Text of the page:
(Beyond Pesticides, January 11, 2019) Plans to weaken farmworker protections from toxic pesticides were dropped by Acting U.S. Environmental Protection Agency (EPA) Administrator Andrew Wheeler, according to an undated letter sent to Senator Tom Carper (D-DE) late last year. Reports indicate the action was part of a deal cut by both parties that permitted confirmation of Alexandra Dunn to the EPA Office of Chemical Safety and Pollution Prevention in exchange for EPA concessions that would improve pesticide and chemical safety measures. While advocates are generally pleased with the outcome of the apparent deal, the irony that deals needed to be made for an agency with protection in its name to do its job is not lost.
Under former EPA Administrator Scott Pruitt, the agency backtracked on provisions put in place during the Obama administration that would update farmworker protections following decades of inaction. Pruitt determined to revisit rules put in place that would require farmworkers be 18 to spray highly toxic pesticides, implement 25 to 100 ft application exclusion zones (AEZ) after pesticide applications, and permit farmworkers to have a designated representative obtain health and safety information on their behalf. These simple, commonsense protections were strongly opposed by the agrichemical industry, which lobbied EPA to backtrack and revise the aforementioned provisions.
In March of last year, 28 Senators urged then-Administrator Pruitt to retain farmworker protections. But according to BNA news reports, Acting Administrator Wheeler had intended to move forward with the revisions as recent as October 2018. While the proposals were delayed as farm bill negotiations persisted, the agency had planned to send its changes to the White House Office of Management and Budget (OMB) this month.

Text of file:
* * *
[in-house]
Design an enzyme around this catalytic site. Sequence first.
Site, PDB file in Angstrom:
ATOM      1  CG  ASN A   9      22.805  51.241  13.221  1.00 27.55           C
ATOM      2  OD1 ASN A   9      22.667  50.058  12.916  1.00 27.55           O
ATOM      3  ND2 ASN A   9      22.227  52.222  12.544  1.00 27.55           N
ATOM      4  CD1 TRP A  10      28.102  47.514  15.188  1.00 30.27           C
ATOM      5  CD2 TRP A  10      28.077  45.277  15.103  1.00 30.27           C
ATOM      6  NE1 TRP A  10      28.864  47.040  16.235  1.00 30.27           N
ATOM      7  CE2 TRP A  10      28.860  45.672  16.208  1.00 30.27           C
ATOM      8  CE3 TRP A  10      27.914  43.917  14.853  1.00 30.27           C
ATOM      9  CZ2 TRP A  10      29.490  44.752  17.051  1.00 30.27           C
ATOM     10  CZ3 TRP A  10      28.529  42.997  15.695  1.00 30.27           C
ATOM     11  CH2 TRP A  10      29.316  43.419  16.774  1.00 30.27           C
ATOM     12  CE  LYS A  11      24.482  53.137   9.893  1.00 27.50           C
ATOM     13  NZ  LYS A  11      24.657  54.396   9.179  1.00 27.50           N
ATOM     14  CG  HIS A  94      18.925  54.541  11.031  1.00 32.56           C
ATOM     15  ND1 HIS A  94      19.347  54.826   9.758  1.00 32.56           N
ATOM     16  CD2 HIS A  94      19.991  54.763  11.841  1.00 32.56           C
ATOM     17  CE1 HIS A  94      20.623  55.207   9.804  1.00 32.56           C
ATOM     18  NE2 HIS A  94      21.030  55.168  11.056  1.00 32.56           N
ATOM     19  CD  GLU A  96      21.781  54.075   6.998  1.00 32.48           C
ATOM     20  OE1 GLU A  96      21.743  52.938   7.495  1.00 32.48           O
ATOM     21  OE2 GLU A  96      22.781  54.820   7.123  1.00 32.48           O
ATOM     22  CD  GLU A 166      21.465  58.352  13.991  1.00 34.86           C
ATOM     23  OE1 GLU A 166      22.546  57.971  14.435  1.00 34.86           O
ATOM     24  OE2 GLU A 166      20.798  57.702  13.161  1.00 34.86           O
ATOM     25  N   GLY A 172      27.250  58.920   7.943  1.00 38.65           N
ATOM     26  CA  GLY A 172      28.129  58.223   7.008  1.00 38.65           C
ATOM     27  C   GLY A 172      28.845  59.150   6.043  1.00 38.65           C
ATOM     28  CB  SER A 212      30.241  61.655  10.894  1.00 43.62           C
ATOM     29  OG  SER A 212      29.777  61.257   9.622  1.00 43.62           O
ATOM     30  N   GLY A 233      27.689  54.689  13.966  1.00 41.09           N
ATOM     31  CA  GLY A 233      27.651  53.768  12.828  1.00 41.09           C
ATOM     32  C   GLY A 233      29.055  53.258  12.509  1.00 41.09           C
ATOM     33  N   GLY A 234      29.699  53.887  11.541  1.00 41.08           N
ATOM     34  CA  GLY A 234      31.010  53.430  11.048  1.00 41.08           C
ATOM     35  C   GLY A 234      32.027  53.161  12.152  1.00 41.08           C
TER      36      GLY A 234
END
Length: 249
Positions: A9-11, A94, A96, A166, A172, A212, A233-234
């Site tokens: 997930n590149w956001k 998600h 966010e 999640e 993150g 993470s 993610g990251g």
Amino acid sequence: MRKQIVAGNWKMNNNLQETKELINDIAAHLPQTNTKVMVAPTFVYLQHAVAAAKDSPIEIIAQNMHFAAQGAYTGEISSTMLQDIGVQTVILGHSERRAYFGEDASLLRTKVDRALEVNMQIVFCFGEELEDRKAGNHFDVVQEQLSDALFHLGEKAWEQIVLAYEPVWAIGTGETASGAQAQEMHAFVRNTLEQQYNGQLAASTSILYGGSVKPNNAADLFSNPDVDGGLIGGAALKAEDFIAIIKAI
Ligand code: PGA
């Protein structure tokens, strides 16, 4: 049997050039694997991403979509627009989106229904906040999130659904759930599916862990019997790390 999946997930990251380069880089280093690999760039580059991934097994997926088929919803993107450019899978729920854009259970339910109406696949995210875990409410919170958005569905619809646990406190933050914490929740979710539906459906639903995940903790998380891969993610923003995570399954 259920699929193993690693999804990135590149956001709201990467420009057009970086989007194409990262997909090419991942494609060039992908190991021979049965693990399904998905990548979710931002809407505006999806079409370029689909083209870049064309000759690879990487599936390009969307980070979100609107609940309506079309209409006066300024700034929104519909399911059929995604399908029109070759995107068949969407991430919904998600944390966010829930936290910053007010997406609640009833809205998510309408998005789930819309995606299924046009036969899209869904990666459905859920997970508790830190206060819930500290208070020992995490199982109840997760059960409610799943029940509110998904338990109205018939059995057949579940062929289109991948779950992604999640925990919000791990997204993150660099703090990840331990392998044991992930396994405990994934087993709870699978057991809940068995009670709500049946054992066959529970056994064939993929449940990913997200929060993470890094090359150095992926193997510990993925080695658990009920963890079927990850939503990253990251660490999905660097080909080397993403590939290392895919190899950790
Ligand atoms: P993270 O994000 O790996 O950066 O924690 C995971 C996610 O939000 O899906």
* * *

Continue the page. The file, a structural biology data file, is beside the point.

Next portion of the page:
In the agencyâ€™s letter to Senator Carper, EPA gave no reason for its decision to drop its revision plans. â€śAlthough the subject matter associated with these potential changes has been subject to wide ranging public stakeholder meetings and public comments, EPA will withdraw its OMB submission to propose revisions to these rules and will not make any changes to the designated representative and minimum age provision,â€ť the letter reads.
EPA did not preclude changes to the application exclusion zone provisions, indicating that it would provide 90 days public comment should it proceed with further alterations to the rule.
Agrichemical industry groups, for their part, focused less on the indefensible position of encouraging minors to spray highly toxic restricted use pesticides, and more on how the designated representative provision could impact â€śconfidential business informationâ€ť and lead to â€śpotential harassment and public criticisms for lawful use of EPA-approved pesticides,â€ť according to previous statements. However without this provision, farmworkers may be poisoned by pesticides and have no route to get critical information to doctors and other medical staff that could help adequately treat poisoning symptoms. As the 28 Senators that wrote EPA indicated, â€śThe designated representative provision is critically important because there are many reasons why a worker may be unable to access information about the chemicals they are exposed to. This commonsense safeguard has been denied to farmworkers while workers in other industries have had these protections for decades.â€ť
Environmental justice advocates are hopeful that finally implementing these regulations will lead to better health and welfare for the countless individuals who help grow the nationâ€™s food. Currently, the average life expectancy for a farmworker is 49 years, compared to 78 for the general population. This is similar to the life expectancy of individuals living in the 1850s, and represents a completely unacceptable data point for any industry today in a developed country.
Help promote a food production system that does not expose farmworkers and their families to toxic chemicals by purchasing organic whenever possible. Yes, organic uses pesticides, but those applied are only done so as a last resort, and the least-toxic pesticide products applied undergo several levels of evaluation by the NOSB, an independent stakeholder board consisting of a wide range of experts. To help better explain the benefits of organic food consumption, Beyond Pesticides invites readers to use theÂ Eating with a ConscienceÂ database, which evaluates how toxic chemicals used used food items effect the environment and farmworkers.
To hear first-hand the experience farmworkers endure day in and day out, watch Beyond Pesticidesâ€™ National Pesticide Forum workshop on Farmworkers, Families and Health.
All unattributed positions and opinions in this piece are those of Beyond Pesticides.